Letters To The Editor

LETTERS TO THE EDITOR

September 27, 2004

The Sun's article "After nearly 2 years, construction on JFX finally winds down" (Sept. 17) did a wonderful job detailing the benefits of connecting downtown Baltimore and the suburban areas of Baltimore County.

Unfortunately, for the historic Midtown communities that abut the expressway in the heart of Baltimore, the road's benefits are fewer.

The Jones Falls Expressway fills the Midtown communities with noise and pollution, and treats mainly residential St. Paul Street as an exit ramp for expressway traffic, while the parking needs of our local business corridor along Charles Street must take a back seat to the needs of the rush-hour commuters rushing up Charles Street to get to the entrance ramp at Penn Station.

While Midtown understands the need to connect downtown to the suburban areas, we should also be looking at ways to mitigate the problems the expressway brings to our inner-city communities.

It may be time to look at the Boston model and think of burying the expressway especially between Maryland Avenue and Guilford Avenue, along Mount Royal Avenue, and creating green spaces on top of it for community use.

The Mount Royal area of the expressway is already below grade and would only need a concrete cap built over the existing roadway with fill placed on top of it.

This would eliminate the noise of the expressway and create much-needed public green space in an area of the city that lacks this basic amenity.

In addition, the city should look at closing the St. Paul Street ramp to help relieve this completely residential area of the noise and pollution associated with traffic that exits the expressway.

And finally, the city should consider removal of peak-hour parking restrictions on Charles Street so that the parking needs of area merchants could be met.

Charles L. Smith

Baltimore

The writer is the executive director of the Midtown Community Benefits District.

Providing real choice for women of faith

The letters from representatives of the National Organization for Women and from Planned Parenthood of Maryland commenting on Gregory Kane's column on the Greater Baltimore Crisis Pregnancy Center only further confirm the reasons GBCPC's work is so important ("Many centers provide help to women in crisis" and "Women must know full range of options," letters, Sept. 20).

Once again, we can see the fallacy of the use of the word "choice" by pro-abortionists. The writers seem to suggest that any form of counseling that doesn't encourage the abortion option is biased, scornful and judgmental.

For them, "choice" really means the right for a woman in a crisis pregnancy to choose how she is counseled, as long as she chooses to be counseled only by them.

Some choice.

If faith-based counseling centers didn't exist, where would women of faith, who know they don't want an abortion and don't want to be counseled by pro-abortionists, have to go?

GBCPC is a "choice" - a choice for women who want to hear more than the "virtues" of abortion. Shouldn't "choice" organizations be applauding the option, or choice, the GBCPC offers those women?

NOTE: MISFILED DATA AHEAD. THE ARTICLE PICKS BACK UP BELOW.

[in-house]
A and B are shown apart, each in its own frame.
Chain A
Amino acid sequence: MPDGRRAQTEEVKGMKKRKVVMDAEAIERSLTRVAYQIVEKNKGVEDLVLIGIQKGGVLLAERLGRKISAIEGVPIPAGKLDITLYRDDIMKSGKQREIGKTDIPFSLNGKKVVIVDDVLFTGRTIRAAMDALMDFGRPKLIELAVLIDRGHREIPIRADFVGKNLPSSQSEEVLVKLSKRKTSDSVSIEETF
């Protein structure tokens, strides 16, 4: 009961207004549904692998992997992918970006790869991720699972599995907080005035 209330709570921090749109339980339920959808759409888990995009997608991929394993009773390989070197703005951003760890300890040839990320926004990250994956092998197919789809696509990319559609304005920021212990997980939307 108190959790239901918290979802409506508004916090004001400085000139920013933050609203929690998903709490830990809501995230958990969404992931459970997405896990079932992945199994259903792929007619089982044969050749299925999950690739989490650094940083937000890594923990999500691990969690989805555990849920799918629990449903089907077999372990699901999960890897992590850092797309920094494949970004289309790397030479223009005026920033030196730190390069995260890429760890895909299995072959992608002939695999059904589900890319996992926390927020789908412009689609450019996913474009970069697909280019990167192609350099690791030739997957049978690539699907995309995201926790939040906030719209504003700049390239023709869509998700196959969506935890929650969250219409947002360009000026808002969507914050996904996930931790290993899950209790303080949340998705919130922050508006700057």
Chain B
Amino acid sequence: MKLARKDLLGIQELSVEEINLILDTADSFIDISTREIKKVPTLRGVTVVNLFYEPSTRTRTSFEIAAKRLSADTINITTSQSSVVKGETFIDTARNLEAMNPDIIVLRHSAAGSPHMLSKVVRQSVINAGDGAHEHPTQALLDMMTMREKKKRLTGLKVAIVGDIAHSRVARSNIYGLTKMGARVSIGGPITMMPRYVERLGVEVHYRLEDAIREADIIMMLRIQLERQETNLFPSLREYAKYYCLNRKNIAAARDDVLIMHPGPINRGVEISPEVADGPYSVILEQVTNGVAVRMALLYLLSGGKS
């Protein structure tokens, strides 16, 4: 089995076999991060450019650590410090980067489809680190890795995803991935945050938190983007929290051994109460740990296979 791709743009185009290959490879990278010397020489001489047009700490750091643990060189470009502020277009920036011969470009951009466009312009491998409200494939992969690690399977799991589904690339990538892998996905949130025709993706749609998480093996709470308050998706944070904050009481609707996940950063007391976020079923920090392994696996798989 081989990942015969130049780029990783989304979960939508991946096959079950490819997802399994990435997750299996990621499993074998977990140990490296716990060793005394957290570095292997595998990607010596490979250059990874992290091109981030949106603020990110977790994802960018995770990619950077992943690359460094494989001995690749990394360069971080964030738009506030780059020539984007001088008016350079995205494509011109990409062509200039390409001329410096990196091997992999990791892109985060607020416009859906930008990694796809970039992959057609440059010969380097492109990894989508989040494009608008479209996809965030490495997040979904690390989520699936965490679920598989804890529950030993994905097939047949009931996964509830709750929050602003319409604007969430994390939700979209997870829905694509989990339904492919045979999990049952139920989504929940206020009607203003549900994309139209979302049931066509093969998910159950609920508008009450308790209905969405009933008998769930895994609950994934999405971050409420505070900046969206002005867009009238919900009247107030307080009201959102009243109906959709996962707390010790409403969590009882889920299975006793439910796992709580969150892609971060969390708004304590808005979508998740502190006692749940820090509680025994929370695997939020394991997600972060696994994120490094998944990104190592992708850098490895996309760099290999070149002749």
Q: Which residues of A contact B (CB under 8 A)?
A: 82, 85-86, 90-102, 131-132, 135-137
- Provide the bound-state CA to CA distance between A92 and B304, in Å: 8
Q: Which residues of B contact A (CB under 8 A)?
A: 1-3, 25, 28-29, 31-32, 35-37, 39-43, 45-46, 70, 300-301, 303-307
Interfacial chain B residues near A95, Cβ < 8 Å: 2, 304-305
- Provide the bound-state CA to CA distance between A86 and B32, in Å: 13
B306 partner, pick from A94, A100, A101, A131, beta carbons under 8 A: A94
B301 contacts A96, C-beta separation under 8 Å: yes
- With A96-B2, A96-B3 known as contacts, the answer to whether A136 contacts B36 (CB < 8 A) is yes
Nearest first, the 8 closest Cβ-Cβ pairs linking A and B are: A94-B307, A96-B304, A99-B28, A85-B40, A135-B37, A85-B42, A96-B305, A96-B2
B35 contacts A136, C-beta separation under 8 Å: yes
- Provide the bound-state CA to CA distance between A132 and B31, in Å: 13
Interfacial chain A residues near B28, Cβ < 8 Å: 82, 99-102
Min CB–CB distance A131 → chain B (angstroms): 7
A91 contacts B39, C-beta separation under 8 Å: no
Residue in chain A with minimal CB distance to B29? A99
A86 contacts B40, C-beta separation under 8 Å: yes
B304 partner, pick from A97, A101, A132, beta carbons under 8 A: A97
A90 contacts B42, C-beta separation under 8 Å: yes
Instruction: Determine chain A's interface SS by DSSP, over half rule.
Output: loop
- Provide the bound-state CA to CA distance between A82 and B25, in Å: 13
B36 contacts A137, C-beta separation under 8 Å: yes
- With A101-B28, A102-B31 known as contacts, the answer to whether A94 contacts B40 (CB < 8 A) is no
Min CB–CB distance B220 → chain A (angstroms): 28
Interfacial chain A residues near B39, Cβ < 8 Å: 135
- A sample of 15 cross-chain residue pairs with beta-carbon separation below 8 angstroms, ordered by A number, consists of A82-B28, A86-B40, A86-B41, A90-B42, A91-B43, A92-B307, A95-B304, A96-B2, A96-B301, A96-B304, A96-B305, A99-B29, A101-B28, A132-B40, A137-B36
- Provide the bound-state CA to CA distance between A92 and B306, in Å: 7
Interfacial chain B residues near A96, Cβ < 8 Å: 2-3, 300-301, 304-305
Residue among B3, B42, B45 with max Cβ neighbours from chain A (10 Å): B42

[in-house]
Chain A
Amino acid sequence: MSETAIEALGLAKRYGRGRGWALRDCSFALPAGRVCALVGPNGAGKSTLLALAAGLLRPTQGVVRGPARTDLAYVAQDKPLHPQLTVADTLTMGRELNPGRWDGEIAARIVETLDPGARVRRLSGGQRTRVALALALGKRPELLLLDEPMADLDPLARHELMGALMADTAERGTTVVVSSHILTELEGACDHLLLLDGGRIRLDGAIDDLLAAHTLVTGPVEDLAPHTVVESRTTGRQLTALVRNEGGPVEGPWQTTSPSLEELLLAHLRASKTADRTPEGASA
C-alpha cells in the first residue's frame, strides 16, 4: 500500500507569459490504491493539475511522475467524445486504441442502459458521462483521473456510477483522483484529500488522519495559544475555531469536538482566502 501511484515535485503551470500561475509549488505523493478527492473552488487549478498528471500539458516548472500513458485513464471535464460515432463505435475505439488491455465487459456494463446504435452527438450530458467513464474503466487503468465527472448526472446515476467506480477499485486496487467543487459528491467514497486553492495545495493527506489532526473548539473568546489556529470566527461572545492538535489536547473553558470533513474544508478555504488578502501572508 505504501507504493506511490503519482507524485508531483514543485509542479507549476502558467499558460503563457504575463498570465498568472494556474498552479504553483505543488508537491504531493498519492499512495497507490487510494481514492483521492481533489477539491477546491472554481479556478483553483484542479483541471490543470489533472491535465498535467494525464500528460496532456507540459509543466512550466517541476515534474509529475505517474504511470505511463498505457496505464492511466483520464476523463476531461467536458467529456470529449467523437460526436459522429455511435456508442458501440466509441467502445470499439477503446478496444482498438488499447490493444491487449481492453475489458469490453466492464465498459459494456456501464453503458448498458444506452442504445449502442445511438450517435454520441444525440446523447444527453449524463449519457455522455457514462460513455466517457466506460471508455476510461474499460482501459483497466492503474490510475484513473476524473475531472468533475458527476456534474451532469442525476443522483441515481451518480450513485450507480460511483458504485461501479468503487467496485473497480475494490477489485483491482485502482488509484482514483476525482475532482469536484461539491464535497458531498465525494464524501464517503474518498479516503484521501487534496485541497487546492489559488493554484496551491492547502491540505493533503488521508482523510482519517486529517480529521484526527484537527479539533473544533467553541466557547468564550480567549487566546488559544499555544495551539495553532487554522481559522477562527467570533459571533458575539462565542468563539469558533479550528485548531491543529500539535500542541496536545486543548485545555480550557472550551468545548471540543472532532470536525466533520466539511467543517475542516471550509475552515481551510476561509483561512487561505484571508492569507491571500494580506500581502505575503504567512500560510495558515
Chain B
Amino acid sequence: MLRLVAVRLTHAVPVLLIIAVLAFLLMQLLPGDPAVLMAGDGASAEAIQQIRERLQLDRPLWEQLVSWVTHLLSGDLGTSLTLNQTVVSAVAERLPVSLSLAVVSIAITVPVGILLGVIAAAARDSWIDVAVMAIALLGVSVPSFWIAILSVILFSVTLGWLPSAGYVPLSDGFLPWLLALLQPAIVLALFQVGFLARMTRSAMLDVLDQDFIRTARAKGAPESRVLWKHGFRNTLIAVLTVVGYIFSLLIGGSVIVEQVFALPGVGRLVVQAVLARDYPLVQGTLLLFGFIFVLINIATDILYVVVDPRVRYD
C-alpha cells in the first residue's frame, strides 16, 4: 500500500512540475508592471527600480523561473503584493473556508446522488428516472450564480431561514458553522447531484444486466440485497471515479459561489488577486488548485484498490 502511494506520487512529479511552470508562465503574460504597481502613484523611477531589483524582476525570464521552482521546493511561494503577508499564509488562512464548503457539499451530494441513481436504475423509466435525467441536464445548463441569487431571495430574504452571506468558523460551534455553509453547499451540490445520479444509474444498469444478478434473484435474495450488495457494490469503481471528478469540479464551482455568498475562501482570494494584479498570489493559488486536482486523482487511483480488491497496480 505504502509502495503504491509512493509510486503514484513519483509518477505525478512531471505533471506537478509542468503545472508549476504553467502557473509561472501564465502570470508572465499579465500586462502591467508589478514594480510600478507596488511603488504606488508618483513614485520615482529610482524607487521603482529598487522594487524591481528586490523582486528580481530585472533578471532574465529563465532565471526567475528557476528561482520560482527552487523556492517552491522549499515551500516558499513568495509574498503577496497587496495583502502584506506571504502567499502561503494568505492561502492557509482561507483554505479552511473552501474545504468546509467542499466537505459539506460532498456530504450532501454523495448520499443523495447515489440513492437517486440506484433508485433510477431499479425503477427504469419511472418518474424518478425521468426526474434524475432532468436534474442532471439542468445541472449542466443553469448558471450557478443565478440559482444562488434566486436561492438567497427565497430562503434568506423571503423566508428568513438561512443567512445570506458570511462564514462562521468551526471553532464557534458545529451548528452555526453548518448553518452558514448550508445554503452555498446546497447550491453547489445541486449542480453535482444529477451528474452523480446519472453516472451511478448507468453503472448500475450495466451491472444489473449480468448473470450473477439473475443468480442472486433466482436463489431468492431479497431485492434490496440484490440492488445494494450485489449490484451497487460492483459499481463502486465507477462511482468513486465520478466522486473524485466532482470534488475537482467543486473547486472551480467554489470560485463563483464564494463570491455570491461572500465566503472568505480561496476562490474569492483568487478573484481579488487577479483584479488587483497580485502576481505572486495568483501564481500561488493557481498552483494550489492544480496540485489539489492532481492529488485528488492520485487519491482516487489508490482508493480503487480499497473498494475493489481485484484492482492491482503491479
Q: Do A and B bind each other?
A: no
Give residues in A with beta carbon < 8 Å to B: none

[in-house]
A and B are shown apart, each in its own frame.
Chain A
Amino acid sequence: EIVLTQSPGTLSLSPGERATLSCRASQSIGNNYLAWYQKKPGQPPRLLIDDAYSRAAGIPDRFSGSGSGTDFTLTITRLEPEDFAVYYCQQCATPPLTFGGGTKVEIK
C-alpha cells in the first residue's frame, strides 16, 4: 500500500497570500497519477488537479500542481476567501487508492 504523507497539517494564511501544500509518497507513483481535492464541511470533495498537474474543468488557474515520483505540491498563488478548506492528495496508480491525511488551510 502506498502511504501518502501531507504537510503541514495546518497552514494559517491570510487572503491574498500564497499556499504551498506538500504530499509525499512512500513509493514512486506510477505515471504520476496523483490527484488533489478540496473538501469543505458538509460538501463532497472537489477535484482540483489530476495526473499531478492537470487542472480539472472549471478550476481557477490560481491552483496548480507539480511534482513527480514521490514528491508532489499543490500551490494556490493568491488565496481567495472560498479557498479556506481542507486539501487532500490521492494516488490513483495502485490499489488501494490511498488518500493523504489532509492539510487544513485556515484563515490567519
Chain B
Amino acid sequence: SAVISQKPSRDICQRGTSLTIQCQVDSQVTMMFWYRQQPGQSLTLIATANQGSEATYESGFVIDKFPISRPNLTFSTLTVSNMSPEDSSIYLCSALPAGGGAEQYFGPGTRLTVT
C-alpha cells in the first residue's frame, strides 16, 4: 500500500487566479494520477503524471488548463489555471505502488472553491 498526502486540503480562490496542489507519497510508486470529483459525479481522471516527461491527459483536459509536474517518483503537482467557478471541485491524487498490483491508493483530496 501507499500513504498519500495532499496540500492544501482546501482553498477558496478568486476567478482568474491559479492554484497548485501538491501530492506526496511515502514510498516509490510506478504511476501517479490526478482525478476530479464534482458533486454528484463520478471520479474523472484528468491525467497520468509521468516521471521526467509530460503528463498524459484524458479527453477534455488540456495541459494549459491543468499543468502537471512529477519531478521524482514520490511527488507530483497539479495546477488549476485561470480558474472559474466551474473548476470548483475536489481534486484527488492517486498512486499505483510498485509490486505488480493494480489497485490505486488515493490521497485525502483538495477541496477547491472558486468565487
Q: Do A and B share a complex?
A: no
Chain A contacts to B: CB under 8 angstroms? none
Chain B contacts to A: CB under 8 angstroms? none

Vince Clews

Reisterstown

The writer's wife is development director for the Greater Baltimore Crisis Pregnancy Center.

Incompetence leads to failed presidency

Sen. John Kerry is right to point out President Bush's failure in Iraq ("Kerry accuses Bush of `stubborn incompetence,'" Sept. 21).

Mr. Bush's stubborn incompetence has killed more than 1,000 U.S. soldiers and wounded thousands more in invading a country that did not pose a threat to the United States.

Mr. Bush's stubborn incompetence led him to pull special forces gathering intelligence on al-Qaida out of Afghanistan to work needlessly in Iraq.

Mr. Bush's stubborn incompetence leads him to hold no one accountable for the failures at Guantanamo and Abu Ghraib.

In short, this administration has been a colossal failure because of the president's stubborn incompetence.

Allyson Mattanah

Baltimore

Ehrlich must explain unsafe conditions

It is a terrible shame that the former director of the state-run Baltimore City Juvenile Justice Center, Phyllis D. K. Hildreth, resigned after repeatedly warning her supervisors about unsafe conditions at this institution ("Juvenile Services head defends agency," Sept. 18). She was doing her job under unreasonable conditions.

If Gov. Robert L. Ehrlich Jr. were doing his job, he wouldn't have accepted Ms. Hildreth's resignation, but instead would have demanded the resignation of Juvenile Services Secretary Kenneth C. Montague Jr., who is obviously not doing his job.

I think Mr. Ehrlich has a lot of explaining to do as to why he has let a new $60 million facility deteriorate into its current pathetically managed condition.

Walter Boyd

Lutherville

Civil Rights Act isn't an entitlement

Dr. Keiffer J. Mitchell's article on the positive results of the Civil Rights Act failed to point out that the law provides opportunities, not entitlements ("Strong foundation," Opinion

Commentary, Sept. 21).

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